The denominations with the most liberal social views have seen the sharpest declines in membership and funding.


No, it's the same story as the US, especially in third world countries. Birth rates are even more unsustainable because of demonization of birth control.
That depends on war, immigration, etc. Eventually, something will have to give.


Shouldn't that be easy to determine?

If it has been studied, yes.

Carrikature
05-06-2014, 07:31 PM
I wonder what sort of beliefs the rapidly expanding churches in China, India, Africa, and South America have on these matters.

I'd suspect something drastically different given the lack of insistence on Western philosophical traditions. Paprika might be able to better elaborate, as would Pinoy.

firstfloor
05-07-2014, 12:19 AM
Christianity in general is on its last legs, in the West, with much "getting laughed at" for sexual mores, for views of the work of Christ, for miracles, etc. But then again, Western culture itself is imploding due to unsustainable birth rates. Around the world, it's a different story. I wonder what sort of beliefs the rapidly expanding churches in China, India, Africa, and South America have on these matters.
I know what you mean. Empires come and go. We live in a rapidly changing world. Before long, so I hear, burger flippers are going to be replaced by machines. The world will be split in two; the ultra rich in one half and the impoverished and desperate in the other. The ultra rich will have all the technology and won’t need the poor people to work for them. The middle class will build the technology for the rich and will spend much of their hard earned cash defending themselves from the poor.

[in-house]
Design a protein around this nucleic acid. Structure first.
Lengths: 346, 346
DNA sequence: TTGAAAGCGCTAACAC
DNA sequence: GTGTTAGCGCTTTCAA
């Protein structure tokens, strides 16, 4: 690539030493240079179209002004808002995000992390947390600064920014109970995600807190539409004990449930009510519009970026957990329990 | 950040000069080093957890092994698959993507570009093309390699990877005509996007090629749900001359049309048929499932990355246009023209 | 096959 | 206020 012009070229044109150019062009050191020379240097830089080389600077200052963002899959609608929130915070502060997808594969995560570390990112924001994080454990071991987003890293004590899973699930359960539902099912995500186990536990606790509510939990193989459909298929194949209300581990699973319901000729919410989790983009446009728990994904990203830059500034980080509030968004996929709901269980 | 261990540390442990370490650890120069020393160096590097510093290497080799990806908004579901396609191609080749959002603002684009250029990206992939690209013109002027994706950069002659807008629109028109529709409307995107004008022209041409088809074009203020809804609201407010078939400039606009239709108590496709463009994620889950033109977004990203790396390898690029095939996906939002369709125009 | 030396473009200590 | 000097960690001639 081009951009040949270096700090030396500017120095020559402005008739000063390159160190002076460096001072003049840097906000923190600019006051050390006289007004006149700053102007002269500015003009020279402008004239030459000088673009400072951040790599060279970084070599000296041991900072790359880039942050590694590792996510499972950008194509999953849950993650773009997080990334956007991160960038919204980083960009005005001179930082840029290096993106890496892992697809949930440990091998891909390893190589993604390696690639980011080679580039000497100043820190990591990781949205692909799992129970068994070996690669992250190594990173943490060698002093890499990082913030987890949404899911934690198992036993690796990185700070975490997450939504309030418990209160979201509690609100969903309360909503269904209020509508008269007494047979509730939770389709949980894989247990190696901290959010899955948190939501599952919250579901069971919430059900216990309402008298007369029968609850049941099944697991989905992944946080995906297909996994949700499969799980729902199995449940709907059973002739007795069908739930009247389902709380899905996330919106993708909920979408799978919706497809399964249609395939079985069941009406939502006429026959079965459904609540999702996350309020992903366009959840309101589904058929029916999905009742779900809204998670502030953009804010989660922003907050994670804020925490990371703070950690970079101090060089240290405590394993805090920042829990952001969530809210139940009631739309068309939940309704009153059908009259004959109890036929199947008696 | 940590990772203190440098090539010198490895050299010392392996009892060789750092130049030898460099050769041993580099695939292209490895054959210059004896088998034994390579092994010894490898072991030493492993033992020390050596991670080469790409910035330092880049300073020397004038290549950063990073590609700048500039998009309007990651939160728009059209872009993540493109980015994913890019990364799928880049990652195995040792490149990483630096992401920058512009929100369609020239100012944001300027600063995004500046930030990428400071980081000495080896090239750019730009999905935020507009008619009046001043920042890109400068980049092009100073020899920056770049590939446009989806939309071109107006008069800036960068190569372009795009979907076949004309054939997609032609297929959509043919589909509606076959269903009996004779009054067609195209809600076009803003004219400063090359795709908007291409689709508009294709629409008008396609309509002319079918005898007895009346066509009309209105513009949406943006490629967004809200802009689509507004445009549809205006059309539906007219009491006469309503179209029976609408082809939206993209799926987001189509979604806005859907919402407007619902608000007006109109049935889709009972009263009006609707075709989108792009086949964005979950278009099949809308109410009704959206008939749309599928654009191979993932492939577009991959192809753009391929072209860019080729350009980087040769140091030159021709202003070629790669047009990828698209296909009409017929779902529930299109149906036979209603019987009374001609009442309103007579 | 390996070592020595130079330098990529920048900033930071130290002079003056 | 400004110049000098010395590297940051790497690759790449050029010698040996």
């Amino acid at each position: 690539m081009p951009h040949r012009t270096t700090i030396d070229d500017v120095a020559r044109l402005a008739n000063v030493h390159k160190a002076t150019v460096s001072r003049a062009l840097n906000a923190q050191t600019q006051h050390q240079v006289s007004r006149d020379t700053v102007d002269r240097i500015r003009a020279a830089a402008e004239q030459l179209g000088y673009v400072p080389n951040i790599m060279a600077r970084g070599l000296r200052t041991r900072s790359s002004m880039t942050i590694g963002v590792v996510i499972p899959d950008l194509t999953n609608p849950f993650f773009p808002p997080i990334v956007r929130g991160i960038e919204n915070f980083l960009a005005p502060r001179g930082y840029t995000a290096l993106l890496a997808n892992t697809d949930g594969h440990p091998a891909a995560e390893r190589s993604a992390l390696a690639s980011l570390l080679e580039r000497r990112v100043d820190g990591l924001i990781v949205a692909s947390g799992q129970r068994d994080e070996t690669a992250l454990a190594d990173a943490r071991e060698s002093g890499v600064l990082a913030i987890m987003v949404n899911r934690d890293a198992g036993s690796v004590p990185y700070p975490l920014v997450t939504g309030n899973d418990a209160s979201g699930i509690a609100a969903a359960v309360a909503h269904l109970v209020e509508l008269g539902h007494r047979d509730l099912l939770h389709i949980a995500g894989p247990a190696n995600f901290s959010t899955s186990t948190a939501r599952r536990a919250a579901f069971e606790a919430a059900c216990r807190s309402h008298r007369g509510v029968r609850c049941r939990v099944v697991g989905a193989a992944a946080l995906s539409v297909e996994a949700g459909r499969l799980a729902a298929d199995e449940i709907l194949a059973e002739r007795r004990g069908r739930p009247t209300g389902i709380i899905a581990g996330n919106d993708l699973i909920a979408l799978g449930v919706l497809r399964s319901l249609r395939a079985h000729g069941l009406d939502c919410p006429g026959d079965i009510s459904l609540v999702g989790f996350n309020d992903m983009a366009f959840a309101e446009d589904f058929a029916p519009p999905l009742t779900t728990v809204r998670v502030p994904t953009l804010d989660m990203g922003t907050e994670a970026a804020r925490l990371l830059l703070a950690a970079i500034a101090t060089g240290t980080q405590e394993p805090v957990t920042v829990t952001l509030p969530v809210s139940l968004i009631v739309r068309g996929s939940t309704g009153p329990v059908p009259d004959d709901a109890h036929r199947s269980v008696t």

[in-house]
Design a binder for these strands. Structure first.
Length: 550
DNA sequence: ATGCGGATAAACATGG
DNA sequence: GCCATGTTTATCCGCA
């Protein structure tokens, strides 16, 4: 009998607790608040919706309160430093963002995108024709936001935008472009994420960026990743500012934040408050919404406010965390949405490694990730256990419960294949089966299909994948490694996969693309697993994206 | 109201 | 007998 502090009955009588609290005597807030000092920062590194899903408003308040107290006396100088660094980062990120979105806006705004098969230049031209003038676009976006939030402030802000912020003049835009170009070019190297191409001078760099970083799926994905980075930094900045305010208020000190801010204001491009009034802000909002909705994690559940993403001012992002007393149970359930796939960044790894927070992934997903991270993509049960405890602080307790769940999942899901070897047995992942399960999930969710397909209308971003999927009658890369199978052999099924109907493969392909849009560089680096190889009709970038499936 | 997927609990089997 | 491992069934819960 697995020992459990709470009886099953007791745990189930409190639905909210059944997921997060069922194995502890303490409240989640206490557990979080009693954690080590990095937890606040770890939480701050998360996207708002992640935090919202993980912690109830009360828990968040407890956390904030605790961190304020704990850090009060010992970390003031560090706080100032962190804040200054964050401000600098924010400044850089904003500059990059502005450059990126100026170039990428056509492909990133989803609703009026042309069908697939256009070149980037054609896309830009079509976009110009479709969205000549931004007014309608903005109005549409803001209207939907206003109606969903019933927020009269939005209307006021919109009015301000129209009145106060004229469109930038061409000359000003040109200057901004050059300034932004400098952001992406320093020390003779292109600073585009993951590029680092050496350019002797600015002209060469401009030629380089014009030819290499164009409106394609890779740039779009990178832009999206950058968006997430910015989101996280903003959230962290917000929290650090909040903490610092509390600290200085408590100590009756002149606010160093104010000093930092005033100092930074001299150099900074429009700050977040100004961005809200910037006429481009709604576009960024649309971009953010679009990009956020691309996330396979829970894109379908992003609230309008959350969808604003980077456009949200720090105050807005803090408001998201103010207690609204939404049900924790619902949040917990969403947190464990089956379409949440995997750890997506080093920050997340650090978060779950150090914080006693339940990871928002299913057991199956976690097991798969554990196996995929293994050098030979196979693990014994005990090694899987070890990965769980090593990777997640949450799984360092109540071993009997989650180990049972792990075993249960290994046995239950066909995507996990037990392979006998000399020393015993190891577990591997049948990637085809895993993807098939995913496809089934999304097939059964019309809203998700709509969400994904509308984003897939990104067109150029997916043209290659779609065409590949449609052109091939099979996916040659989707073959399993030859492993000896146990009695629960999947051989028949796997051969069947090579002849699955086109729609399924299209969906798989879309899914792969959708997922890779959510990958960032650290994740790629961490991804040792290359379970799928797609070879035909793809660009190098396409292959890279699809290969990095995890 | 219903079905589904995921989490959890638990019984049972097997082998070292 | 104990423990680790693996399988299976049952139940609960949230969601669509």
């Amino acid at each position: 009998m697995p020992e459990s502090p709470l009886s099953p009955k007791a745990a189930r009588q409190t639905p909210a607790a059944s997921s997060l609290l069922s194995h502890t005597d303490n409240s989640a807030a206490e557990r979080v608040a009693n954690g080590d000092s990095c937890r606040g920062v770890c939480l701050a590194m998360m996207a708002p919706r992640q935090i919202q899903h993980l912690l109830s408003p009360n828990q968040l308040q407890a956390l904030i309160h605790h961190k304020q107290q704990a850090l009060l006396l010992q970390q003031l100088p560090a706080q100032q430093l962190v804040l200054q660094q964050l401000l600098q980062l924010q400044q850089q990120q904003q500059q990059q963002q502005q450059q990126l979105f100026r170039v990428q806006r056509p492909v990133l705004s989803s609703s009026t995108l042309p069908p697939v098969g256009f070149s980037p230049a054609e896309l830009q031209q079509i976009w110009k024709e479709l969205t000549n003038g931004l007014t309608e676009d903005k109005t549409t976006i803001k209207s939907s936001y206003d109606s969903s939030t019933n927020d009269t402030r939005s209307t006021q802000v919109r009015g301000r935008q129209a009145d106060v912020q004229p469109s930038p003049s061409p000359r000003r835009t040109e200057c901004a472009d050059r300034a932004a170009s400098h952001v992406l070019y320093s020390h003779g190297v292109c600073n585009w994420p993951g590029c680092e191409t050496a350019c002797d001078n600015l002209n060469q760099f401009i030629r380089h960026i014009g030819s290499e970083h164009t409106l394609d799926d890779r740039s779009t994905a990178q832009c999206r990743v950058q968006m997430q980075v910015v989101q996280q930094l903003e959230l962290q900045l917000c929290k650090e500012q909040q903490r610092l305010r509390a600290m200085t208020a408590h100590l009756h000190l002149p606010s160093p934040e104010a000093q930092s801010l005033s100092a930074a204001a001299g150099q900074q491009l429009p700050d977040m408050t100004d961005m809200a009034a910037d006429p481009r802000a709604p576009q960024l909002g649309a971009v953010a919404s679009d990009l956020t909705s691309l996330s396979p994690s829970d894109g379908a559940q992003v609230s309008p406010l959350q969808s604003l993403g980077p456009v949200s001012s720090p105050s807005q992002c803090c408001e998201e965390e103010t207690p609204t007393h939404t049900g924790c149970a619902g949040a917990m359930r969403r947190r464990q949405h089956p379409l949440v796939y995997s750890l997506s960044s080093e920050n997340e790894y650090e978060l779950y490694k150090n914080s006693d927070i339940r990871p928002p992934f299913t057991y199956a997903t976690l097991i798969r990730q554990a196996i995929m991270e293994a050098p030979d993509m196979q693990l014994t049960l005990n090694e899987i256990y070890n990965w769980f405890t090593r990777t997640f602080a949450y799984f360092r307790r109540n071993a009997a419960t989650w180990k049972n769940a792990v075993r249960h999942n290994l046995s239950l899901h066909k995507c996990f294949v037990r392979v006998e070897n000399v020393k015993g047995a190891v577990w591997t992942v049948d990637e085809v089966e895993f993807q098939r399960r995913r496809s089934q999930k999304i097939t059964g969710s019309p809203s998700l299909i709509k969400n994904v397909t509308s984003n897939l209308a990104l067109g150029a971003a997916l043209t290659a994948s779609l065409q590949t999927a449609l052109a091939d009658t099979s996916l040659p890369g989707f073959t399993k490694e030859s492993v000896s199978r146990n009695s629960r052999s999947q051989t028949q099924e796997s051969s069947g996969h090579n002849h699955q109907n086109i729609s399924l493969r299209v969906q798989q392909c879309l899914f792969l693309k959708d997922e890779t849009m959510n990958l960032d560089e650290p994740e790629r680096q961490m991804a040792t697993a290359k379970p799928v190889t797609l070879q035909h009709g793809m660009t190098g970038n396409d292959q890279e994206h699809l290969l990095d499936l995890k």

BBC radio last night (Martin Wolf is the chief economics commentator at the Financial Times) “The future is not what it used to be.”
The baby boom generation came of age when it was accepted knowledge that innovation and productivity would always lead to higher standards of living. The generations which followed assumed this truth would continue into the future indefinitely. With the crash of 2008 the upward mobility the middle classes assumed was their right evaporated, and it is unlikely to return.

How will we fare in the race against the machines and cope with winner takes all markets, etc?

firstfloor
05-07-2014, 12:29 AM
More of your hatred again FF? :thumb:
Certainly not LPOT; there is definitely no hatred on my part. I really would like you to see my most modest and random contributions in a more positive light; at most, slightly challenging of the status quo.

Paprika
05-07-2014, 12:45 AM
I'd suspect something drastically different given the lack of insistence on Western philosophical traditions. Paprika might be able to better elaborate, as would Pinoy.
I can only comment on Asia, and with a very broad brush. Unlike most Western countries, most Asian ones do not have a long history of Christendom (eg at least a thousand years for Europe and many hundreds for USA). Due to colonialism, post-colonialism, and the stranglehold of Western thought that still generally persists today not least due to English being the global lingua franca, the extent to which Western ideas are accepted, rejected, modified, undermined, adopted etc is very, very complex and difficult to determine, especially when "Western thought" is not a monolithic whole but itself consists of many, many different streams and variations.

Theologically, there has generally been an uncritical acceptance of the tradition of the one who brings you to faith. Most ecumenical quarrels, which aren't many, have been imported - we just don't seem to have the infighting that the Christians in the West have to such a great degree (which isn't terribly surprising, as one of the main reasons the ecumenical movement gained so much force was that the missionaries in the field found that they weren't so dissimilar after all.)

On the specific issues: